While Mr. Obama has brought an impressive array of “firsts” to the Oval Office, there is one area where he will be long remembered. I’m thinking in terms of generations.

I refer here not so much to the political arena, although that is where Obama’s strength lies. I refer to the cultural arena. In the cultural arena, Obama has shown his true promise as a community organizer. For it is here that Obama has set race relations in America back by at least two generations, and probably more.

This accomplishment should not come as a surprise to anyone with an Internet connection. I wrote about what Obama’s community-organizing background likely meant for America shortly after his election. I said that Obama’s background would lead him to divide and award the spoils to his friends, because that’s what community organizing is all about. I said that was not the job of a president.

One of the big questions is, has the deterioration of race relations under Obama been intentional? The answer shows clearly in Obama’s appointment of perhaps the most partisan and corrupt attorney general in America’s history. One of Mr. Holder’s first actions as AG was to refuse to prosecute Black Panthers for intimidating voters at polling places. Does anyone think the Klu Klux Klan would have received similar treatment, had they been patrolling the polling places with baseball bats as the Panthers were?

There was a time – Camelot and JFK comes to mind – when the attorney general used federal law enforcement to insure equal voting rights for all the races. Today, the AG’s surrogates operate with legal immunity to help insure intimidation rights for those of the attorney general’s preferred race.

Regarding Obama, one need look no further than the Trayvon Martin and George Zimmerman case. In a different high-profile case, another recent president was universally condemned for making prejudicial statements regarding a case that had not yet been tried. Here’s a quote from The Evening Independent, Aug. 4, 1970:

“One of the lawyers, Paul Fitzgerald, said of Nixon’s comments: ‘We know this is unprecedented in the history of jurisprudence. Seldom if ever has a president taken an interest in a state murder trial.

“‘I am shocked and bewildered,’ Fitzgerald said. ‘If the president of the United States is going to say this, then the ball game is over.'”

Here’s what veteran White House reporter Keith Koffler had to say about Obama’s comments:

“President Obama and Attorney General Eric Holder have inappropriately waded into the case against George Zimmerman. While the effects are unclear, the misuse of executive power is unmistakable. …

“Now, put yourself in (Special Prosecutor Angela Corey’s) shoes. You are deciding whether to prosecute. The president of the United States of America has already said that the victim looks like he could be his son. Obama just had Al Sharpton over to the White House to attend the Easter Prayer Breakfast. Sharpton is the chief instigator of the threats of riots and boycotts of the Florida city of Sanford, where the shooting occurred, if charges are not brought against Zimmerman.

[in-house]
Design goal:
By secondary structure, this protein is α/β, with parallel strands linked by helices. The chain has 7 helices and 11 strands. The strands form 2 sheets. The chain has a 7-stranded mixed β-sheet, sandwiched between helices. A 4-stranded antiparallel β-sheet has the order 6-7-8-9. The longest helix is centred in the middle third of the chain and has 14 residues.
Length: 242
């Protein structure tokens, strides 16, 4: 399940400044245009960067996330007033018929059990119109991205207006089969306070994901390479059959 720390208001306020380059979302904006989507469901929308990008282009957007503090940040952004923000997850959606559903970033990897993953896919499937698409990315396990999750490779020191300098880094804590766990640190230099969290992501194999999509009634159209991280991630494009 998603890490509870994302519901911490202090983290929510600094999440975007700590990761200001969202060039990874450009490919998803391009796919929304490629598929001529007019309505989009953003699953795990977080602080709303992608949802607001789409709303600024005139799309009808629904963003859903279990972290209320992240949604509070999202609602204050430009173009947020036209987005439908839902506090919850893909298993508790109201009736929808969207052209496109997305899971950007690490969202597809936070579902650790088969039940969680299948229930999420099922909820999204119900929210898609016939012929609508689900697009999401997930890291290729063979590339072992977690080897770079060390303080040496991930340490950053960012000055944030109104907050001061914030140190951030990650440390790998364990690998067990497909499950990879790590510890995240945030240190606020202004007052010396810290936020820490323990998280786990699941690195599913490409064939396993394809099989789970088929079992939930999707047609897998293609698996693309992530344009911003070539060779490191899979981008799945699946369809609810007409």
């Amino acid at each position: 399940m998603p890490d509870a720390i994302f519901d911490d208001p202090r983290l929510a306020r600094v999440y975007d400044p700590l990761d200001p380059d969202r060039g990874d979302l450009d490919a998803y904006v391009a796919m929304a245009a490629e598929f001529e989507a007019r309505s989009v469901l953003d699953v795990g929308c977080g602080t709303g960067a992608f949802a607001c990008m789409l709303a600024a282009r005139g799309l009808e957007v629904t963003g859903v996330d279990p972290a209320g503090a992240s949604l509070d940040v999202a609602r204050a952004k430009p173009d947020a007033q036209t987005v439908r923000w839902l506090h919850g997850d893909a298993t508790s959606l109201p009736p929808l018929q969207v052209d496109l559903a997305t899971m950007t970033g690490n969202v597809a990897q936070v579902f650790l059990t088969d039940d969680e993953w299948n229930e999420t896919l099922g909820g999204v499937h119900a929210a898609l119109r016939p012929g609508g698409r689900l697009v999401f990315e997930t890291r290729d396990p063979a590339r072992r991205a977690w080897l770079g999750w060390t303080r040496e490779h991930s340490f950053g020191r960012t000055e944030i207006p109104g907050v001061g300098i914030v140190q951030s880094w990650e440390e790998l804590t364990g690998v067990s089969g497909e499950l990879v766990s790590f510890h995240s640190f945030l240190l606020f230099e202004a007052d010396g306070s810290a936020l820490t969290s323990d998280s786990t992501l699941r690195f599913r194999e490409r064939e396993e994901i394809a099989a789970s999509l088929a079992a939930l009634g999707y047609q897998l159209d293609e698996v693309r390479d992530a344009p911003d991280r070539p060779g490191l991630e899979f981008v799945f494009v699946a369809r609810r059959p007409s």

“Now, tell me the pressure is not going to affect your decision.”

Senate Democrats recently held a hearing on a racial-profiling bill they are pushing. One of their witnesses was a former civil-rights attorney, Roger Clegg. Here’s what he had to say:

“As I said, Mr. Chairman, I’m opposed to profiling, particularly profiling in the traditional law enforcement context where frequently it is African-Americans who are the victims of that profiling. …

“Nonetheless I think we have to recognize that it’s going to be tempting for the police and individuals to profile so long as a disproportionate amount of street crime is committed by African-Americans, and there will be a disproportionate amount of street crime committed by African-Americans for so long as more than seven out of 10 African-Americans are being born out of wedlock. …

“I know this is not a popular thing to say, but I think whenever we’re discussing racial disparities in the United States that is the elephant in the room, and it has to be addressed. So ultimately, people like me, and everyone else I think in this audience who don’t like racial profiling is going to have to face up to this problem.”

But not, of course, Mr. Obama or Mr. Holder, or the people they can bully, which given the resources of the federal government includes just about everyone. And why would either of them worry? They have the Secret Service to protect them.

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